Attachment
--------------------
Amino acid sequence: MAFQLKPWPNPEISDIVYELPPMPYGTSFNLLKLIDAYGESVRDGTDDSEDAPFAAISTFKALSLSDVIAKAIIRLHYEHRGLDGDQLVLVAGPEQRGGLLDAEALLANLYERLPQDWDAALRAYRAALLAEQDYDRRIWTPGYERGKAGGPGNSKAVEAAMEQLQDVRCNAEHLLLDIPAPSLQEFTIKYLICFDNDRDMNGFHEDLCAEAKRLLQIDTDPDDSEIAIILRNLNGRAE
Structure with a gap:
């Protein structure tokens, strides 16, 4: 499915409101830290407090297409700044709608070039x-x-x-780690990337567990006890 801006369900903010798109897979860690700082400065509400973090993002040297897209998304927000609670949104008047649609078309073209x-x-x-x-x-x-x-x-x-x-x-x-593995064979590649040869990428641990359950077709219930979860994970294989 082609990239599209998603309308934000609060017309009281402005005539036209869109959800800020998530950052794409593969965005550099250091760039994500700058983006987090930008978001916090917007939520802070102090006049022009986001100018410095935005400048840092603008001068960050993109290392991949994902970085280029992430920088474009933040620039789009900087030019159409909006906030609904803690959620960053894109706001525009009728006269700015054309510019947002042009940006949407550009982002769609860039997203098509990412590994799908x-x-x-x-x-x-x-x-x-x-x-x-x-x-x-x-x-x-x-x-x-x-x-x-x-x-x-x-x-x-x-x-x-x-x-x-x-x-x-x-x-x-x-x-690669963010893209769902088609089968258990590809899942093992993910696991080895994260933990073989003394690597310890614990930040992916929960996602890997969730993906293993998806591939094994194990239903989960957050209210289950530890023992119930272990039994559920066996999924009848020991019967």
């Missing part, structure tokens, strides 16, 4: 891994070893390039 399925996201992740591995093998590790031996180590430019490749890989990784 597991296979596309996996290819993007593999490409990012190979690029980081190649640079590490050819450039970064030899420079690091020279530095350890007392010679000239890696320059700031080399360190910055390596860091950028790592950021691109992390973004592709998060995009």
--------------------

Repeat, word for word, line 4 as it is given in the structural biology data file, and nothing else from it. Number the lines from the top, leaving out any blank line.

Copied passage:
């Missing part, structure tokens, strides 16, 4: 891994070893390039 399925996201992740591995093998590790031996180590430019490749890989990784 597991296979596309996996290819993007593999490409990012190979690029980081190649640079590490050819450039970064030899420079690091020279530095350890007392010679000239890696320059700031080399360190910055390596860091950028790592950021691109992390973004592709998060995009």